Shanidev then narrated how he troubled Indra, Chandra, and several other celestial beings and sages due to their transgressions or arrogance. He also mentioned instances where he afflicted individuals and kingdoms, including the Pandavas, Kauravas, and even Lord Krishna (Who was accused of stealing the Syamantaka Jewel), all because of their past karma and planetary positions. He concluded by recounting how he ruined King Harishchandra, Nala, Sage Vashishta, Lanka’s Ravana, and others due to their respective fates.

Upon finishing his stories, Shanidev bestowed another boon upon Vikramaditya: Those who read, listen to, or preserve this story will be protected from his wrath, find favors with him, and have their fortunes improve. Those who neglect or ridicule this story will face his displeasure. People should read this story every Saturday or sometime once a week before eating food, or listen to it with joy.

Back to the main narrative, Vikramaditya’s radiant and transformed presence had Princess Padmasena dumbstruck. King Chandrasen, stunned and speechless, after witnessing Vikramaditya’s transformation, asked for his true identity. Before revealing himself as the King of Ujjaini, Vikramaditya said, ‘I am your thief. So first, please call the merchant, Shripati.’ So a group of servants rushed to bring the merchant, Shripati, who was resting in his house.

The merchant rushed to the king’s court and bowed before the king. The merchant, pointing at King Vikramaditya said, “This is the thief, indeed. Please come to my house so you can see the studio where the necklace used to be.”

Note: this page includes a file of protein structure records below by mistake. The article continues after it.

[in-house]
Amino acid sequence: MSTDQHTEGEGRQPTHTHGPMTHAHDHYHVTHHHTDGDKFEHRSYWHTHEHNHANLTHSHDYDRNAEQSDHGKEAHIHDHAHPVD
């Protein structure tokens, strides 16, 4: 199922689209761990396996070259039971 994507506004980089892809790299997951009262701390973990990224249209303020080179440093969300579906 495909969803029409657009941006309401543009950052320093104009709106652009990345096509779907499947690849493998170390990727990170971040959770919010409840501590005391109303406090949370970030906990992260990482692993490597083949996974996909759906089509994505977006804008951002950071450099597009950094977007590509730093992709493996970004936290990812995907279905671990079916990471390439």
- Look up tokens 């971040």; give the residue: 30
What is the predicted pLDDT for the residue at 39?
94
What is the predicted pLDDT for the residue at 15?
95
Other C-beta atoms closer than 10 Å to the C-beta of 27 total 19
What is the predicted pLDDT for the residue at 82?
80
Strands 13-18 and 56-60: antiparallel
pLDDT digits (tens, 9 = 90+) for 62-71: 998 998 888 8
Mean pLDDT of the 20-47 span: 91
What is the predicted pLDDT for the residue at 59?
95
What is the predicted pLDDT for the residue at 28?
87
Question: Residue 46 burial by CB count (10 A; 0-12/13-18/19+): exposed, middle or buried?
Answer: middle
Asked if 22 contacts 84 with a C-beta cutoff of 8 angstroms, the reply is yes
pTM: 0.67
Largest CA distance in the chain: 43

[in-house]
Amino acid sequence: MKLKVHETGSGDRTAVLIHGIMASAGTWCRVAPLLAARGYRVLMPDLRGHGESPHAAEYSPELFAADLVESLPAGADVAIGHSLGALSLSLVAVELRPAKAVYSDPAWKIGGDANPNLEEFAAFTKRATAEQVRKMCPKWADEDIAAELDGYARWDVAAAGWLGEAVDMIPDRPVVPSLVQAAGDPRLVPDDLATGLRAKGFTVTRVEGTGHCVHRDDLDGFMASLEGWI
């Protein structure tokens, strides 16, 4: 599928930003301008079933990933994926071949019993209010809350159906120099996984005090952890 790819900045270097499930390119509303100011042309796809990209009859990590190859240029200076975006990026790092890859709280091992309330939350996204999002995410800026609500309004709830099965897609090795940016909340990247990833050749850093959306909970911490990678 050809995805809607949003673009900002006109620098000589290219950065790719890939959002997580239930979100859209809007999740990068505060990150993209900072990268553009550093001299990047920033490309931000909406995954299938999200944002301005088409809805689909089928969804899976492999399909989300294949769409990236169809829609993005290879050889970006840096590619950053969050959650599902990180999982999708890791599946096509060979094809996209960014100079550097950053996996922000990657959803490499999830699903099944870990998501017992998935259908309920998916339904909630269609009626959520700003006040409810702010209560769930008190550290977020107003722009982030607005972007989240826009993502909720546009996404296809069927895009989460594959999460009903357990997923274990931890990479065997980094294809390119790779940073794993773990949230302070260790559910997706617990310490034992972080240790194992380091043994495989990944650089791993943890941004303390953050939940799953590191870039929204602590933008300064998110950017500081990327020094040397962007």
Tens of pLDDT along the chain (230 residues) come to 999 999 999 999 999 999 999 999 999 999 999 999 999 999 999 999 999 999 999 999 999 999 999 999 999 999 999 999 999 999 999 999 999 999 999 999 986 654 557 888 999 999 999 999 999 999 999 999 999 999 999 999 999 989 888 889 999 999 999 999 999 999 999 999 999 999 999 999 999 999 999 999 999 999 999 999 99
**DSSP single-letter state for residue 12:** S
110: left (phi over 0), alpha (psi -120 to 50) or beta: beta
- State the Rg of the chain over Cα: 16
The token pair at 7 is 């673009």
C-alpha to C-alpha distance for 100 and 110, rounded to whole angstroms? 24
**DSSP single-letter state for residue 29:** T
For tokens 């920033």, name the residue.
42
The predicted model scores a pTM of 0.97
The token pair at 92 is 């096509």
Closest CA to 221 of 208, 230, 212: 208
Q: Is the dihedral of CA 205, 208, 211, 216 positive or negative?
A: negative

When they reached the studio in the merchant’s house, they noticed that the lifeless swan from the picture came back to life and regurgitated the pearl necklace that it had swallowed years ago. Everybody was surprised to see this and said, “Though impossible, this lifeless swan, as a matter of fact, did swallow the pearl necklace. Alas! This great man (King Vikramaditya) was blamed.”

King Chandrasen humbly apologized for unknowingly causing Vikramaditya’s prolonged suffering, to which Vikramaditya explained that his hardship was due to planetary positions and not Chandrasen’s fault, after revealing his true regal identity. They celebrated and rejoiced, and Vikramaditya bestowed many gifts on Tamlinda’s citizens. King Chandrasen was smiling on his endless good fortune!

The merchant too, regretting his past actions, was very happy and gave his daughter Alolika to Vikramaditya in marriage.

A month later, Vikramaditya decided to return to Ujjaini and was honored with gifts, servants, and more, before his departure. He arrived in Ujjaini where its citizens celebrated his return with joy! The king donated gifts and alms to the beggars to please them.

Vikramaditya resumed the worship of Shanidev, whose blessings resulted in a harmonious and prosperous royal reign over Ujjaini.

This story concludes with the translator offering prayers and emphasizing humility and Lord Panduranga’s Divine Grace for everything.

The English translator, Anand Gupte prays thus, “Let us be humble and not boastful of any of our achievements as everything happens with the grace of God Panduranga and His wish. tooch karataa aani karvitaa (Panduranga is the cause) sharan tulaa bhagvantaa (Therefore, I surrender to you O Lord!*) . OM

- posted Apr 27, 12:55 pm in